Dogs With Food Allergies: Symptoms, Common Triggers, and More

Hay fever, in which the eyes and nose are affected by allergies, is not common in dogs.
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There are two basic types of allergy testing. The most common is a blood test that checks for antigen-induced antibodies in the dog's blood. There are two standard tests that are used to test the blood. The first is called a RAST test (radioallergosorbent). The other is an ELISA test (enzyme-linked immunosorbent assay). Both of these tests are very similar but many practitioners feel that the ELISA test gives more accurate results than the RAST test.
Dr. Sublett notes that if "you're allergic to one dog, you're allergic to all dogs."
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To find out what your dog’s allergic to, work with your vet to try an allergy elimination diet. This diet involves giving your dog a special food (which you’ll get from the vet), and over three or four months, gradually adding other foods back to your dog’s diet. When he starts itching again, you’ve found your culprit and can keep it out of your dog’s food bowl for good. Additional things you can do at home to minimize your dog’s itchiness or allergy symptoms:
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Photo provided by PexelsThe two most common allergies found among dogs are to foods and inhalants.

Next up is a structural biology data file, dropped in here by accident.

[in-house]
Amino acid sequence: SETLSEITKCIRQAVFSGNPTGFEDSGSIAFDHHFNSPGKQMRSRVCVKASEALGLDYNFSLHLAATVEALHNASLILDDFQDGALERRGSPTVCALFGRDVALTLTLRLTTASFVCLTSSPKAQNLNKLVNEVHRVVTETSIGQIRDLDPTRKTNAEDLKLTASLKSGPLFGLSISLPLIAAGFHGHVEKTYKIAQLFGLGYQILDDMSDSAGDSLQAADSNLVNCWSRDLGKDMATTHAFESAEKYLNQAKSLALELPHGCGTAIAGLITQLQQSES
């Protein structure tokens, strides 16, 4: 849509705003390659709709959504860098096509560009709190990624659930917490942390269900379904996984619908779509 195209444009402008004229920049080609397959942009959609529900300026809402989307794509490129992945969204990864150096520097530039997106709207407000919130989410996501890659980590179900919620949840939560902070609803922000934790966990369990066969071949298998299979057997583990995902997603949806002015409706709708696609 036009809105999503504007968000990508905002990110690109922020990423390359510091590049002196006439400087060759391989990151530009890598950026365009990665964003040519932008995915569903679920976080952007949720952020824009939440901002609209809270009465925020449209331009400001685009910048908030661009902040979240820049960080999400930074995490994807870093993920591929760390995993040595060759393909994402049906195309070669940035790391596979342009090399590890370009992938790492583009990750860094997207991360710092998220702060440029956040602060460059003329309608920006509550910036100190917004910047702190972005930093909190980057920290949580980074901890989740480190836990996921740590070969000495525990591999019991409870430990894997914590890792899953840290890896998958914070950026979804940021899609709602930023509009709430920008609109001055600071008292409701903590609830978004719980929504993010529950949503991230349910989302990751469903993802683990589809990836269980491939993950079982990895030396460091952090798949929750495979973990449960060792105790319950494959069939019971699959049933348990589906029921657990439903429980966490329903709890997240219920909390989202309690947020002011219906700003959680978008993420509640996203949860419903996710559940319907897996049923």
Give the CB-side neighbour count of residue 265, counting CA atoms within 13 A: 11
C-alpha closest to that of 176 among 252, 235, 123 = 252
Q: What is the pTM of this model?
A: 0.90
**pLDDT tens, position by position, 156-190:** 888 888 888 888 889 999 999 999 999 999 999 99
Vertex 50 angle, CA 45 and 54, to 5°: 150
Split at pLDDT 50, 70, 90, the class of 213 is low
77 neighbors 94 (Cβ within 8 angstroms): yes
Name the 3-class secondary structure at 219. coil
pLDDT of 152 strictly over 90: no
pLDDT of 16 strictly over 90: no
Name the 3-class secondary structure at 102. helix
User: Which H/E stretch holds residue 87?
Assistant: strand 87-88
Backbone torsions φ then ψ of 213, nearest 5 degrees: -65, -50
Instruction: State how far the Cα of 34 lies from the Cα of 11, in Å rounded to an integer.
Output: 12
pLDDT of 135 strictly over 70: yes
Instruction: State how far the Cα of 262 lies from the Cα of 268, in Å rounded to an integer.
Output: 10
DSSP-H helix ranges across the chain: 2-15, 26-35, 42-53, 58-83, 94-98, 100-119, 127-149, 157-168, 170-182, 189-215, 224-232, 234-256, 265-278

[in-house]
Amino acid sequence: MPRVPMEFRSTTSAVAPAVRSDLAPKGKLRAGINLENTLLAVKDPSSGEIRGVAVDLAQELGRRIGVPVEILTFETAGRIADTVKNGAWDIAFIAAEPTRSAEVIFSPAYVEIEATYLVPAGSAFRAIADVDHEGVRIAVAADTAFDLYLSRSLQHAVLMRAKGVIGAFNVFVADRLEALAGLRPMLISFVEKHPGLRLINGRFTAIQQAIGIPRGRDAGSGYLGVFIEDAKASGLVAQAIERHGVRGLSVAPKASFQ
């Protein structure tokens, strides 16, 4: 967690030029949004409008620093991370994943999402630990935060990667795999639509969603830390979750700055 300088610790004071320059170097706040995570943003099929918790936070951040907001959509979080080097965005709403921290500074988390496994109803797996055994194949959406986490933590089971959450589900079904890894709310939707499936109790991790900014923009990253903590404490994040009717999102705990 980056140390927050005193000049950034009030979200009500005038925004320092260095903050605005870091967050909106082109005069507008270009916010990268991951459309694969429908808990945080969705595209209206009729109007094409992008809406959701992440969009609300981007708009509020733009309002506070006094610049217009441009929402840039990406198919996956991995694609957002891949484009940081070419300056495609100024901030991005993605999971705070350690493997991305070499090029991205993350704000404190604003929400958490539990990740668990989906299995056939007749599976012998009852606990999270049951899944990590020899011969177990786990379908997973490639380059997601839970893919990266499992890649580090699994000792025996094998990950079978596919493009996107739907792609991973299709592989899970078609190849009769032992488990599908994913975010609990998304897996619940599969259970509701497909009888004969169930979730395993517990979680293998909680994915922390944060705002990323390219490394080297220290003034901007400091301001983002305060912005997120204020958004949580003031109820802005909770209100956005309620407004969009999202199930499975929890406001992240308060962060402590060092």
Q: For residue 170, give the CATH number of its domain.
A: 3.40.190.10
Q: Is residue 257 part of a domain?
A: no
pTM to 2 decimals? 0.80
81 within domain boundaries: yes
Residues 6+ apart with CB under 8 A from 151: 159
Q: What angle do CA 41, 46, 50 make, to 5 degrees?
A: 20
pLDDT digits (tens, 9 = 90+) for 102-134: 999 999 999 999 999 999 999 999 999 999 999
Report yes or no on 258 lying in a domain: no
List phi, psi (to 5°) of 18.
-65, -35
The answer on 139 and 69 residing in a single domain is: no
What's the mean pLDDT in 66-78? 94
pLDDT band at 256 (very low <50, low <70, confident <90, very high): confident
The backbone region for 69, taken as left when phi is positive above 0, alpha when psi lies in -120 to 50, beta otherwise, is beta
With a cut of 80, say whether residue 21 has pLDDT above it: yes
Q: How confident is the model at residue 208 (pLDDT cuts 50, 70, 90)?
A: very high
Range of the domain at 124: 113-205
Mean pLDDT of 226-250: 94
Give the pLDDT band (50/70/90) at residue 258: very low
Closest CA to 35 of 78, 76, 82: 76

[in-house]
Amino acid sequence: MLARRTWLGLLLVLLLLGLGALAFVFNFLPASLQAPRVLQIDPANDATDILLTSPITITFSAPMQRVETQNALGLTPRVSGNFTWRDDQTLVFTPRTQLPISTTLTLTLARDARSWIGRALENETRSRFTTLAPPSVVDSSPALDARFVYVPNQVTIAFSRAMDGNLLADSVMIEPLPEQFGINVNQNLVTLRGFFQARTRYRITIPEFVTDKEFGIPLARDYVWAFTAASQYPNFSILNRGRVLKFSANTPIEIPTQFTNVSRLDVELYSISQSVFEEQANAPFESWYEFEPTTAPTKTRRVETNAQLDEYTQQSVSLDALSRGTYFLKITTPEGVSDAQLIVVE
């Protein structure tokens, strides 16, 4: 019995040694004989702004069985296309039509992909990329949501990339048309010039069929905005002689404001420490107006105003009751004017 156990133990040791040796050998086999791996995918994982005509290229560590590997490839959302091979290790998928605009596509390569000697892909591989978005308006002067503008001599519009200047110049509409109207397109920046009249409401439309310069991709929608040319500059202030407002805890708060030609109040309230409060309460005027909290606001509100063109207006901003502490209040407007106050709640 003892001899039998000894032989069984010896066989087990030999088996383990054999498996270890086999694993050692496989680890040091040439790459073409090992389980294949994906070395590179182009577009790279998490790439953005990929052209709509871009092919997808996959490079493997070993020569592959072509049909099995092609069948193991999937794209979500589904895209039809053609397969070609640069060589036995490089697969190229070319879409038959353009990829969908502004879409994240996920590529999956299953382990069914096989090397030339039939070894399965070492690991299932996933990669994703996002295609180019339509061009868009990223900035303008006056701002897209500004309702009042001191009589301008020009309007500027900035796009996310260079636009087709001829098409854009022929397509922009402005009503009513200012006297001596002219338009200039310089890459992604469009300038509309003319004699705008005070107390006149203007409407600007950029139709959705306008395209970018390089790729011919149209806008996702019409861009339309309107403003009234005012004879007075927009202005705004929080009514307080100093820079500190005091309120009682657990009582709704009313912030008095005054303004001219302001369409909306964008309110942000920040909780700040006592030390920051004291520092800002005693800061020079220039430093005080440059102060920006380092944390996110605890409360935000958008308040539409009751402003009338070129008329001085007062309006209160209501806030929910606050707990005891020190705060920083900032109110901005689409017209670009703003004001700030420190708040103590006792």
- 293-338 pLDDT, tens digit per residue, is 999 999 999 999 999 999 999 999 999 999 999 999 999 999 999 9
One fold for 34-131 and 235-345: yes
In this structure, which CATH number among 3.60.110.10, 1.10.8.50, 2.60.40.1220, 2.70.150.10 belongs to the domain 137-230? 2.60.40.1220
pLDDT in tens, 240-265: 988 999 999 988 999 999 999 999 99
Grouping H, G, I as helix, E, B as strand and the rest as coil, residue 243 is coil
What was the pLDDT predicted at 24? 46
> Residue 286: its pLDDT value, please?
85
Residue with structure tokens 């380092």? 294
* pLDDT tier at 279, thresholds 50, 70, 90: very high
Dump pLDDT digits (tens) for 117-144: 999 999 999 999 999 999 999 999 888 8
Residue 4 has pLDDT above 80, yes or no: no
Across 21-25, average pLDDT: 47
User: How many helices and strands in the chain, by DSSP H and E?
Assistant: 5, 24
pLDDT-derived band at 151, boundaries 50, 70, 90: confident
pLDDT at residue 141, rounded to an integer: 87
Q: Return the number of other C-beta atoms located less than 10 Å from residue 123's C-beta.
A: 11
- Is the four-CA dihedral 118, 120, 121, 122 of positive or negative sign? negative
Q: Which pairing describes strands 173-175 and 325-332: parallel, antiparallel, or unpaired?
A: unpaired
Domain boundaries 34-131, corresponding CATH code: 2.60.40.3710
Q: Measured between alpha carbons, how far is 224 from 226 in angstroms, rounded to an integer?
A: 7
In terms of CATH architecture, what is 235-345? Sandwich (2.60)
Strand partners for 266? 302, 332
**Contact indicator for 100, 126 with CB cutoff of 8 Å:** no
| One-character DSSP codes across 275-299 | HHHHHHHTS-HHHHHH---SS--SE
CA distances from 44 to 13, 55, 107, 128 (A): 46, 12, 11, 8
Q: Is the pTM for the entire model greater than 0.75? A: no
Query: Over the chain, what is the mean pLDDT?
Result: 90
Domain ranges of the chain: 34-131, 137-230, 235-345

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Yucca is a natural anti-inflammatory that helps the immune system function normally. It helps resolve symptoms without side effects common with steroids. Yucca should be given daily for allergies. , a concentrated liquid medication is a powerful product that is safe for cats and dogs with allergies. It can also be given in your pet's food or applied directly to areas of itching skin.Among the dog breeds predisposed to develop allergies, are an unusually high number of retrievers and terriers. For example, all Labrador Retrievers—black, yellow, and chocolate—have a tendency to develop food allergies. In a recent study of 30,000 dogs, the following were among the most likely to develop allergies: Labrador Retrievers, Golden Retrievers, English Setters, Irish Setters, Boston Terriers, Cairn Terriers, Fox Terriers, Sealyham Terriers, Scottish Terriers, West Highland White Terriers, and Wheaton Terriers. In addition, Bulldogs, Boxers, Cocker Spaniels, Collies, Dachshunds, Dalmatians, Lhasa Apso, Miniature Schnauzers, Pugs, and Shar Peis are prone to allergies.Allergies in dogs and cats occur when the immune system overreacts to something that isn't really a threat. For example, reacting to peanuts, air-borne pollen, or laundry detergent—none of which should cause harm. The material that causes an allergic reaction is called an antigen. Antigens are usually proteins. The term "allergen" is often used rather than the term antigen, but these two terms are slightly different. Antigen refers to any substance causing allergies, and allergen refers to ingested or air-borne substances causing allergies.Allergens are compounds, substances, insects, or parasites that cause allergies. In dogs, the most problematic allergens are , environmental components and household products (such as pollen, grasses, spores, detergents, and danders), and proteins in food.Allergies are the most common cause of in dogs. In dogs, allergies often cause , hair loss, and inflammation of the skin. In some dogs, allergies help trigger ear problems (such as ) as well as skin problems.Skin problems are the most common symptom of allergies in dogs. Skin problems may occur anywhere on the body, but the most commonly affected areas are the base of the tail, the groin, the armpits, and the feet.